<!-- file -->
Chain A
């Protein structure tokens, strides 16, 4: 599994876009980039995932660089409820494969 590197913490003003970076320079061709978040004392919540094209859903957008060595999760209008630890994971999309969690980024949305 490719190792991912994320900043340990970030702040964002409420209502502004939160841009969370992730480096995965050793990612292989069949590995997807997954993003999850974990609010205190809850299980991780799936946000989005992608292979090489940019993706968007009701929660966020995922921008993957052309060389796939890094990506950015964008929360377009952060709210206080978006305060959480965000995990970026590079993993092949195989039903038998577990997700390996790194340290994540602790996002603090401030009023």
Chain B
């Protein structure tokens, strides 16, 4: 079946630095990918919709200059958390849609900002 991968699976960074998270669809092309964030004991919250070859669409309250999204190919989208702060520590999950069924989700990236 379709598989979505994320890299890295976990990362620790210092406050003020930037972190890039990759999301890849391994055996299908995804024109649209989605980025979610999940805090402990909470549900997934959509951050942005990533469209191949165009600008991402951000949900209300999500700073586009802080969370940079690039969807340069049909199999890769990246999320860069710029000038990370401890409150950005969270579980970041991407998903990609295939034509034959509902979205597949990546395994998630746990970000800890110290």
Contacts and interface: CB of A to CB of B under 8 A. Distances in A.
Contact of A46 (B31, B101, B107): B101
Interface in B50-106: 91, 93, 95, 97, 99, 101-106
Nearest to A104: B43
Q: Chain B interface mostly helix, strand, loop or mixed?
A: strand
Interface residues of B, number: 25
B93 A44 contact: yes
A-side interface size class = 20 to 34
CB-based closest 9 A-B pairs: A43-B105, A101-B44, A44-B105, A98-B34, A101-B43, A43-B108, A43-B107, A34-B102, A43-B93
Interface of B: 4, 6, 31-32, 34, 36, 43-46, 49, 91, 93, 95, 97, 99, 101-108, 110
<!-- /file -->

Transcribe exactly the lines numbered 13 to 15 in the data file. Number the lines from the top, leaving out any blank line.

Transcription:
A-side interface size class = 20 to 34
CB-based closest 9 A-B pairs: A43-B105, A101-B44, A44-B105, A98-B34, A101-B43, A43-B108, A43-B107, A34-B102, A43-B93
Interface of B: 4, 6, 31-32, 34, 36, 43-46, 49, 91, 93, 95, 97, 99, 101-108, 110